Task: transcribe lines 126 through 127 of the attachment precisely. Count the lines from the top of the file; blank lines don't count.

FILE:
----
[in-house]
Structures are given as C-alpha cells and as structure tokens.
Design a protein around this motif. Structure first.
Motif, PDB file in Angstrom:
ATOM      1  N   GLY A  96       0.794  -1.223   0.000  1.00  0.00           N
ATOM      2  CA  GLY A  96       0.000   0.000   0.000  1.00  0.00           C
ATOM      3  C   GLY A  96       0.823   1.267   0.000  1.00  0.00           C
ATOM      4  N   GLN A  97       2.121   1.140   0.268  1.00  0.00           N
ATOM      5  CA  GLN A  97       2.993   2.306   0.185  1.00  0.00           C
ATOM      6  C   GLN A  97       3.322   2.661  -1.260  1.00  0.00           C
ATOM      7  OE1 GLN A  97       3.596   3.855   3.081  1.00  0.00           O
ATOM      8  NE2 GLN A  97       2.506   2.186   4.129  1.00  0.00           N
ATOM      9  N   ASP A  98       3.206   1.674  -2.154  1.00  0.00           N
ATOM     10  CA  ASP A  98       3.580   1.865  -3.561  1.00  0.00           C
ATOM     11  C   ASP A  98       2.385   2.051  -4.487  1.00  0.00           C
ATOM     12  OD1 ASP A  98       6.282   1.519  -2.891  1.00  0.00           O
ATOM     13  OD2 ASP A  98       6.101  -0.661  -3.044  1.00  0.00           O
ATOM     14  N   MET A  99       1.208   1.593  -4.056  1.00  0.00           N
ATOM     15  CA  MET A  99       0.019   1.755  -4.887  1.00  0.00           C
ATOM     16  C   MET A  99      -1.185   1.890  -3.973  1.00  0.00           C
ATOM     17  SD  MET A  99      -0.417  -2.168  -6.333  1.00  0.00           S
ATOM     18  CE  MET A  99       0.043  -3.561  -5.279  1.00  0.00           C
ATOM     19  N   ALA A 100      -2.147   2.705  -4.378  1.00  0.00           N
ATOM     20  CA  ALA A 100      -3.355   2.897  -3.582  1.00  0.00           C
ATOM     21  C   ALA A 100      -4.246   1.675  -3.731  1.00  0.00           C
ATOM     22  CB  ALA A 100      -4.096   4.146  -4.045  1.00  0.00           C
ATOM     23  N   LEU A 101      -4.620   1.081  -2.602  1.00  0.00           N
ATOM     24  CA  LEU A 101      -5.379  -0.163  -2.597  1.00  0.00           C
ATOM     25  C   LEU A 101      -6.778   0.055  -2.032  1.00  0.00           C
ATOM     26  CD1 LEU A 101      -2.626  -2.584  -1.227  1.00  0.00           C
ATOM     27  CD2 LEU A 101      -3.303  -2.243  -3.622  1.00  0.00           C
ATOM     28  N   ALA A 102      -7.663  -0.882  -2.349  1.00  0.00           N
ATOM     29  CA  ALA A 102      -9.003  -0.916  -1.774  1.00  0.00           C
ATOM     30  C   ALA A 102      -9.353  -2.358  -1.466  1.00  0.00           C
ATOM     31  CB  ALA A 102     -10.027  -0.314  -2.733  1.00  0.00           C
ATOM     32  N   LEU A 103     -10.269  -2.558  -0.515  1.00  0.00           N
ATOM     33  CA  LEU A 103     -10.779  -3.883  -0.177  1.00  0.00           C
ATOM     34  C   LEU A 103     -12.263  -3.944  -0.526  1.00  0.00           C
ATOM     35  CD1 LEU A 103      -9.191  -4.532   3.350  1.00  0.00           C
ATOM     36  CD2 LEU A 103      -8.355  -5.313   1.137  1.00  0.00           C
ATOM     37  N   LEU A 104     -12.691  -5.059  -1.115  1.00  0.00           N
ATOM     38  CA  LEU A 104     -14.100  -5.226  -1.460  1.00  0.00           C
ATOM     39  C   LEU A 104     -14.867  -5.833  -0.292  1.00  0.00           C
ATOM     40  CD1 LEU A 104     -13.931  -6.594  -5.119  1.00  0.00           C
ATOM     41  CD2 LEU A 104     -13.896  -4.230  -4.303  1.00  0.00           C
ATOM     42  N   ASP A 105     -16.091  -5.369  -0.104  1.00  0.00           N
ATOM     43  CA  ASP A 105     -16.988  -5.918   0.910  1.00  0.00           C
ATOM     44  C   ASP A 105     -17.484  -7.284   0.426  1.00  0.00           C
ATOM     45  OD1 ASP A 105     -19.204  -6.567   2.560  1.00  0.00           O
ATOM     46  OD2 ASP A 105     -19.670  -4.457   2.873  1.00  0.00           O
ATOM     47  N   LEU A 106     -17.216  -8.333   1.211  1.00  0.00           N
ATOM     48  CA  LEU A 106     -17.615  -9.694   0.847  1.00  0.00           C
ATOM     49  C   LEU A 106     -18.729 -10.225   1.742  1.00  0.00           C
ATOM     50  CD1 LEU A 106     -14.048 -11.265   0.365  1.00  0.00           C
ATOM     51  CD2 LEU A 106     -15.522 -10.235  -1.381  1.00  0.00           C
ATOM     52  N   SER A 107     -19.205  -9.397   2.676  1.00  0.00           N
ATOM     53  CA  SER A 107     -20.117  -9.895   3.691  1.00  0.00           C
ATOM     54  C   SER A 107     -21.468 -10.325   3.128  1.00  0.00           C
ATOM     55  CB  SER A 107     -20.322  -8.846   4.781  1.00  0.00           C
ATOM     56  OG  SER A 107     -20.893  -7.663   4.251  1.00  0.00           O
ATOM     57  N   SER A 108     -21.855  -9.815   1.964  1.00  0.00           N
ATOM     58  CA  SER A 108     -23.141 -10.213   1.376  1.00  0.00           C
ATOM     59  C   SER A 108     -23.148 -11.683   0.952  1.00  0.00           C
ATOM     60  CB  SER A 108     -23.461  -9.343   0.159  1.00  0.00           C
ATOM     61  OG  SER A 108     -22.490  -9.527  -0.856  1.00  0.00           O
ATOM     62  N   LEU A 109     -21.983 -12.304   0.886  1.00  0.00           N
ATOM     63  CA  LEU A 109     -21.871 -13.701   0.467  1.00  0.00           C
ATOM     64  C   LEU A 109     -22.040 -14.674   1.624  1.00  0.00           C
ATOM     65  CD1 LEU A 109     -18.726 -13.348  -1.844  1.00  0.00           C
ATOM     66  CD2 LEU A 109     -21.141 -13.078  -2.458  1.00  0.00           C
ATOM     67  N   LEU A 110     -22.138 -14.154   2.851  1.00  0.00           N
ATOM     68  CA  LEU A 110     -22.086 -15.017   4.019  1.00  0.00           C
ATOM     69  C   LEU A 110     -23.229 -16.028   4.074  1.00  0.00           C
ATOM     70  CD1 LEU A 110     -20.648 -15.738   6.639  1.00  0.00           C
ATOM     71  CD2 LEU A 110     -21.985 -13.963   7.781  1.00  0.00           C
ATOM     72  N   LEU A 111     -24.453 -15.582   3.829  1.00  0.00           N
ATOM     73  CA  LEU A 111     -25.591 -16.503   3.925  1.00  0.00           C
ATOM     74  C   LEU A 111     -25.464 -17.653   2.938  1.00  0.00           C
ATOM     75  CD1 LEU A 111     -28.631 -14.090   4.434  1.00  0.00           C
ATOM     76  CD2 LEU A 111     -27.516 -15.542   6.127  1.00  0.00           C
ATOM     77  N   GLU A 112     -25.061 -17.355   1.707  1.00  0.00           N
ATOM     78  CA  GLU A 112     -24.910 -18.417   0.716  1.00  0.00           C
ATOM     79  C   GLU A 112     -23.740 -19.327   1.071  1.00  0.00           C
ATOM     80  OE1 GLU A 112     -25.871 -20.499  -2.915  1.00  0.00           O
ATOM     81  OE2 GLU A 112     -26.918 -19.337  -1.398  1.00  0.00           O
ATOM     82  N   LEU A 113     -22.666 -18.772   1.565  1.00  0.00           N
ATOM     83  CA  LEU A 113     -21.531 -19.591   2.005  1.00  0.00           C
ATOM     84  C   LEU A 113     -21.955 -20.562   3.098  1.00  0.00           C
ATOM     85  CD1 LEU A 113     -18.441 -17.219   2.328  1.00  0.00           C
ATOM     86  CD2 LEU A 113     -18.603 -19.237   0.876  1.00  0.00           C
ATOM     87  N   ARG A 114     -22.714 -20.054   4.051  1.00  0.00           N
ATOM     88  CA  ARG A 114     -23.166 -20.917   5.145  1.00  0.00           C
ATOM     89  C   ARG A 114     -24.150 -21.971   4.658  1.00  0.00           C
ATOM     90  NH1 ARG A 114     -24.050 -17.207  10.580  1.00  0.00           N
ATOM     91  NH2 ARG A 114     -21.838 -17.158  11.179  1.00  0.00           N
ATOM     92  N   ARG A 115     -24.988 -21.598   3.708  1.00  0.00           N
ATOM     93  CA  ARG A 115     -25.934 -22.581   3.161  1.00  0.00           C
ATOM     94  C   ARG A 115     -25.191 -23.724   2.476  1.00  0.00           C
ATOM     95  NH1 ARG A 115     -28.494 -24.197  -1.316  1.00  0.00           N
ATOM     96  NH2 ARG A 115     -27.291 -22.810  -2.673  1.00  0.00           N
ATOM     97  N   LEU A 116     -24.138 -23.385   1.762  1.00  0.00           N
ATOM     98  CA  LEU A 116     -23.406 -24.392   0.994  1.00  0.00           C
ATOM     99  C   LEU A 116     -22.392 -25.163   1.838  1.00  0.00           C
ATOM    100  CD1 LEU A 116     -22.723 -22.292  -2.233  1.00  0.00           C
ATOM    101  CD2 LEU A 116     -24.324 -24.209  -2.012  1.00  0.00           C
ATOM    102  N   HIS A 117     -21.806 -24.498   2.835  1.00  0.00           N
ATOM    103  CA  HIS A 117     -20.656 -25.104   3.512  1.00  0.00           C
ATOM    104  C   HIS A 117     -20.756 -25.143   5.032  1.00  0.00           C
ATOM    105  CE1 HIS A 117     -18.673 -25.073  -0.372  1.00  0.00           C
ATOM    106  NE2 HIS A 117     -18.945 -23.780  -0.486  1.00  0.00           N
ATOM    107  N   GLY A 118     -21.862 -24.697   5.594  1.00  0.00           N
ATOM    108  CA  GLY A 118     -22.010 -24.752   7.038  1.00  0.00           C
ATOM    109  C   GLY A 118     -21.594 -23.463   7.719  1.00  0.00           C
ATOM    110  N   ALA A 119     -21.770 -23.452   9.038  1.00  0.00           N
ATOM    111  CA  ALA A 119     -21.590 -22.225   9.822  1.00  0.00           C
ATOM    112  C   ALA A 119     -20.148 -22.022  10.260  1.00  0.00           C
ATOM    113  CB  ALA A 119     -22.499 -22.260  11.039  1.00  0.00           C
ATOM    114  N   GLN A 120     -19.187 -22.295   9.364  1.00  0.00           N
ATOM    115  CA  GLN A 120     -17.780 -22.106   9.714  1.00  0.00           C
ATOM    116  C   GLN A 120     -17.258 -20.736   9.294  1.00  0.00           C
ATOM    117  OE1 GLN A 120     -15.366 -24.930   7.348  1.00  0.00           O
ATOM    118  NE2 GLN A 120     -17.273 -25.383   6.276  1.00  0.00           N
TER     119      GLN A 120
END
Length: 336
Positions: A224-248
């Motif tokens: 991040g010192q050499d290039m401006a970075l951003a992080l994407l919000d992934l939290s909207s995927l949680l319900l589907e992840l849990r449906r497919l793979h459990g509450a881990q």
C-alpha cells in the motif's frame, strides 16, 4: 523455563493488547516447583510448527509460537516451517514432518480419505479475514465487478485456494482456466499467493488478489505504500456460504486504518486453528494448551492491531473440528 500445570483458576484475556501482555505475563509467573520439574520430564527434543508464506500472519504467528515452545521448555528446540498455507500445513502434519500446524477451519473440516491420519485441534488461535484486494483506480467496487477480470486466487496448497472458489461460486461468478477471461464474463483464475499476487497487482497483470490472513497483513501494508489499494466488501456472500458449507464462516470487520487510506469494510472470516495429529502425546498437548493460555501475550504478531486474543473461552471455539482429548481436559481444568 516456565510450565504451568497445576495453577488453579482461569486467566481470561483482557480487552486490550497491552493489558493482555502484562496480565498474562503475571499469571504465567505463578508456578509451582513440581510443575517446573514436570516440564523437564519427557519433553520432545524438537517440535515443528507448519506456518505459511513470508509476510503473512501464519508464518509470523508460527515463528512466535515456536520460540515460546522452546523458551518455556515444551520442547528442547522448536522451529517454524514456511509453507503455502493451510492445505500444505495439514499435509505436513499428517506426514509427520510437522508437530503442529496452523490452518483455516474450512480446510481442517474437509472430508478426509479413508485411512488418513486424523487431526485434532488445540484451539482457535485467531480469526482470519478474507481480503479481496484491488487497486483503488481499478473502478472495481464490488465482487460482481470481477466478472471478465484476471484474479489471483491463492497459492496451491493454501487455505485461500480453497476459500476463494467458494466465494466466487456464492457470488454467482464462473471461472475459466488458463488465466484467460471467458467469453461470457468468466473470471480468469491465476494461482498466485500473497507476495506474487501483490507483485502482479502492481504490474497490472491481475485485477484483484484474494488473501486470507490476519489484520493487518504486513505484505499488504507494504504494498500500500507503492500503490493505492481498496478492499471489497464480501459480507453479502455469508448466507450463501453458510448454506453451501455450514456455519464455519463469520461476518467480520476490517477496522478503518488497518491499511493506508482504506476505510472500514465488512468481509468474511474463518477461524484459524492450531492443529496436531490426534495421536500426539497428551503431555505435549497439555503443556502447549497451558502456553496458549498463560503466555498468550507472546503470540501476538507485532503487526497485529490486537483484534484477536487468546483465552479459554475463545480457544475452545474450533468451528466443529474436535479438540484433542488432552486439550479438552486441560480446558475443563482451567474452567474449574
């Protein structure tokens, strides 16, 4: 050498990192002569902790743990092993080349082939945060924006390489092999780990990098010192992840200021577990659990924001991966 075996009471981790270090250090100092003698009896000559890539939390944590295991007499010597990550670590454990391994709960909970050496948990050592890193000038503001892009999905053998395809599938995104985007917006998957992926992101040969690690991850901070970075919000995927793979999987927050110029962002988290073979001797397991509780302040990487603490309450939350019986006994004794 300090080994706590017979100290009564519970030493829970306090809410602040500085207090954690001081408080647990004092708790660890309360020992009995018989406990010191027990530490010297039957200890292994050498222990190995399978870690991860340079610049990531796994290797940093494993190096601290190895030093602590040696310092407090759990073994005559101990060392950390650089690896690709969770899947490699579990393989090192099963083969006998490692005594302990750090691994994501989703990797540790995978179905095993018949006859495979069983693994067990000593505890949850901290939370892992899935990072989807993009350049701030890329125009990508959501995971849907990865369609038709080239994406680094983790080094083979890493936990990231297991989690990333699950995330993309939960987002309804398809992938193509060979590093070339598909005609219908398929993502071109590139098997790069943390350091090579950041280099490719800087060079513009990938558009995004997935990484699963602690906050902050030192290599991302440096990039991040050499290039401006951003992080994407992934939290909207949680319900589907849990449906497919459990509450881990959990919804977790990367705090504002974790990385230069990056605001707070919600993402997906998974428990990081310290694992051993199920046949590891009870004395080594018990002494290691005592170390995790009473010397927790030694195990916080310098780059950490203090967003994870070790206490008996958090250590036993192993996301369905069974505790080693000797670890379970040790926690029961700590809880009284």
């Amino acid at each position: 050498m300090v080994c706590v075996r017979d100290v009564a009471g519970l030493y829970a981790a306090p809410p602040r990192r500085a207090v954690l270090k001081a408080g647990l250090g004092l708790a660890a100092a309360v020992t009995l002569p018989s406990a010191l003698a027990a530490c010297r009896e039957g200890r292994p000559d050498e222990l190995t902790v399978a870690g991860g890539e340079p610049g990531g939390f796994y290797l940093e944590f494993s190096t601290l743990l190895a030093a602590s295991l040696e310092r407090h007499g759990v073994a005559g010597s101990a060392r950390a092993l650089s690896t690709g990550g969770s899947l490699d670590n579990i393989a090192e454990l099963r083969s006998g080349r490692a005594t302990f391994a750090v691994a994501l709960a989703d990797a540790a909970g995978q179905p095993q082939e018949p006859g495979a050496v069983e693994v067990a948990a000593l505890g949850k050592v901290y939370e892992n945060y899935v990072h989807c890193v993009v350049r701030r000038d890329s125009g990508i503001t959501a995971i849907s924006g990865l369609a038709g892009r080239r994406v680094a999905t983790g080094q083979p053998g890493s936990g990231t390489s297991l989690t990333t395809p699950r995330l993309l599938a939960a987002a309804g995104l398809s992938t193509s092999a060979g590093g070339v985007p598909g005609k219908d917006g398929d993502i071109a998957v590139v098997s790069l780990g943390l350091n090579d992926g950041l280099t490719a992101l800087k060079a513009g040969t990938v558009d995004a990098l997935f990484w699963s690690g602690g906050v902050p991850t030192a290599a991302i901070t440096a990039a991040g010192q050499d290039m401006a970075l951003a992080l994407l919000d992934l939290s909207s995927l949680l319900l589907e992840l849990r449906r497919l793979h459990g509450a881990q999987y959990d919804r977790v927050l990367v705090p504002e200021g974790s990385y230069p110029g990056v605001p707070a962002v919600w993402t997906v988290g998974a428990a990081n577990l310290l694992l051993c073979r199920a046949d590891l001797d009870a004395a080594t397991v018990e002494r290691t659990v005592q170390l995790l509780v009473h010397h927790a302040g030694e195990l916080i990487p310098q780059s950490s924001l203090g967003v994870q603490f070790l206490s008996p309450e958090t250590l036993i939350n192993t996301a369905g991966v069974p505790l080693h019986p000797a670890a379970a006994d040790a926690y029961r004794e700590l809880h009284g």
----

Positions: A224-248
């Motif tokens: 991040g010192q050499d290039m401006a970075l951003a992080l994407l919000d992934l939290s909207s995927l949680l319900l589907e992840l849990r449906r497919l793979h459990g509450a881990q």